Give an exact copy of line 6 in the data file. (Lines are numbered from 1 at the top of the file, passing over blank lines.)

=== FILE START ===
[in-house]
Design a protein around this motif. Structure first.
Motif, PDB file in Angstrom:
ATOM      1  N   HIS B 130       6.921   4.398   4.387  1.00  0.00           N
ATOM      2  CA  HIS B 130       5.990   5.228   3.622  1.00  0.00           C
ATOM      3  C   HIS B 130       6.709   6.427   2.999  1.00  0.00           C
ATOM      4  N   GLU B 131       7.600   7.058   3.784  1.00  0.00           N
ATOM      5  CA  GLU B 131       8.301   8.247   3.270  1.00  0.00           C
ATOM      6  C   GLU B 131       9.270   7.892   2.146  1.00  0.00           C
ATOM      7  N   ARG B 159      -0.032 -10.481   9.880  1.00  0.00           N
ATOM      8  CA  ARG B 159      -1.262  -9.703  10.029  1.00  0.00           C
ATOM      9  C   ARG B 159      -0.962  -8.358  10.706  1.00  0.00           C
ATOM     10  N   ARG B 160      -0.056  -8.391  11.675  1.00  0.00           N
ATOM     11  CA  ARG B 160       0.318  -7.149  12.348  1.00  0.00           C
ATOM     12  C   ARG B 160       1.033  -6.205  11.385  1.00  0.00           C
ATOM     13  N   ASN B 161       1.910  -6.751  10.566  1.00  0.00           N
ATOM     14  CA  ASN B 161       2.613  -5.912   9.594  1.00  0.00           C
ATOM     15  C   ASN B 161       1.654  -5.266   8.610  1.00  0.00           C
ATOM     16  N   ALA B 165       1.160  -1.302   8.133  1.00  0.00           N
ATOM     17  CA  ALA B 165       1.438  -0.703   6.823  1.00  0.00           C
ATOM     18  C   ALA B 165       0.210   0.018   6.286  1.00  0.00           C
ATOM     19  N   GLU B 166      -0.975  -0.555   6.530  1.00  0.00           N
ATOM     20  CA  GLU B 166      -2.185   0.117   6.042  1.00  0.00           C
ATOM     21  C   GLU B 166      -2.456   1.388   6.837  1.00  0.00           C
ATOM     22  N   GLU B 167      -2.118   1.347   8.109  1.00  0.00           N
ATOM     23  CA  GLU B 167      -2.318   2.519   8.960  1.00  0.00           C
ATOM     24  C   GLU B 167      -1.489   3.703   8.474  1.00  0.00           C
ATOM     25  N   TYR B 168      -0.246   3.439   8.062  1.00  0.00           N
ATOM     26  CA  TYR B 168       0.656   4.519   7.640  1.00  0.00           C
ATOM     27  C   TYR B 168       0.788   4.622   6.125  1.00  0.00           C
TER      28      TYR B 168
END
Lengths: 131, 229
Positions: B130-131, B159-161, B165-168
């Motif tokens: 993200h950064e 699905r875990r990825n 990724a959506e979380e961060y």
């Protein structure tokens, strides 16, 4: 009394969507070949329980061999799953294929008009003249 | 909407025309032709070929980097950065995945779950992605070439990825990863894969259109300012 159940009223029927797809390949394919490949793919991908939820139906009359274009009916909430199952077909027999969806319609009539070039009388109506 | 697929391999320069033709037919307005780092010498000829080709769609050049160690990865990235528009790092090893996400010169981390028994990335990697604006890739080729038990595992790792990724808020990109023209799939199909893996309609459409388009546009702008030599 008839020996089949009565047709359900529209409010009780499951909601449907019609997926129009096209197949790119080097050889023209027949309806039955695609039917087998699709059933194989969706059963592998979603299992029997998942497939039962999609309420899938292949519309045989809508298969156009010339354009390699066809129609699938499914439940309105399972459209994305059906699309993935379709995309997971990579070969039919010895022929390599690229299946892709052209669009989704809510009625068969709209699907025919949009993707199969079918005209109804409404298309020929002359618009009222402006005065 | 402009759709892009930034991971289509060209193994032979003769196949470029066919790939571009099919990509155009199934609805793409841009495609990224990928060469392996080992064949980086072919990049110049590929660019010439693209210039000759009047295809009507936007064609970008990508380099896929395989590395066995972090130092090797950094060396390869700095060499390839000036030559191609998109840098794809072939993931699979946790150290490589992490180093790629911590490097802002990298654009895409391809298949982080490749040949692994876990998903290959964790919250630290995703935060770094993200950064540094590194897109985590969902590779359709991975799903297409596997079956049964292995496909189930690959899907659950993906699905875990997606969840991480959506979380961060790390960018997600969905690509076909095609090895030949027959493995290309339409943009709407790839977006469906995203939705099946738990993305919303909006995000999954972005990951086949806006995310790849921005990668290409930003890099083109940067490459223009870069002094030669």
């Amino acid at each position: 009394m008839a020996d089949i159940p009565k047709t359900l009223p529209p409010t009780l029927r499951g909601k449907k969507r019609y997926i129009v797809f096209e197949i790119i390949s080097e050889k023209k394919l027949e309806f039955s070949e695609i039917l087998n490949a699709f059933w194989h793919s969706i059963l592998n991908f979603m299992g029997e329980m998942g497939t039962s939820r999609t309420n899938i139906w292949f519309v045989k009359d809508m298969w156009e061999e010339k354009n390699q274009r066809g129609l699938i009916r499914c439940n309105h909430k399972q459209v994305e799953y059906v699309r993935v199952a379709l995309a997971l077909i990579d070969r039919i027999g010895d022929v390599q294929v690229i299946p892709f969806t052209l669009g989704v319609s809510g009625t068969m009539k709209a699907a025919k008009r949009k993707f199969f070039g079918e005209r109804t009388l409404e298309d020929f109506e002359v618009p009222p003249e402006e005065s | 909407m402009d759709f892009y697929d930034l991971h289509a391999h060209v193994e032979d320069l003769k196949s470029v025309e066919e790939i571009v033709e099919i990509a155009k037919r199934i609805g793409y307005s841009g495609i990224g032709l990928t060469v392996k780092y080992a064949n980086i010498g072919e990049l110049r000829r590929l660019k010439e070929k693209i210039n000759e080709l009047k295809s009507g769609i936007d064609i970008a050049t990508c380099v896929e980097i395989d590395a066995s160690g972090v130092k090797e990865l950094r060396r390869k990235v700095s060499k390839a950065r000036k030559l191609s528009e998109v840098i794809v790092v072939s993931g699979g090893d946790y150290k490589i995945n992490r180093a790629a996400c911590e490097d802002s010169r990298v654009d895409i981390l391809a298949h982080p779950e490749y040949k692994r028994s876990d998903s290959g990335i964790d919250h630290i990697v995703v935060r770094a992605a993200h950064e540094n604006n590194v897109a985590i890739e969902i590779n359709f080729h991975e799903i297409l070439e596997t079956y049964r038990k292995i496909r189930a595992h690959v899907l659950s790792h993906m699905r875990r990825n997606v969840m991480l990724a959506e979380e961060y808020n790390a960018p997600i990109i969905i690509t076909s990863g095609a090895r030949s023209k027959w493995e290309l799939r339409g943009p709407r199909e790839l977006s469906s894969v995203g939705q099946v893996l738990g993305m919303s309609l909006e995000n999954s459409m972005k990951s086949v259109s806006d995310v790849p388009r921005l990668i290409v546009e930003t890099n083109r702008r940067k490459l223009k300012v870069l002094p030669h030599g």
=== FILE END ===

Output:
ATOM      3  C   HIS B 130       6.709   6.427   2.999  1.00  0.00           C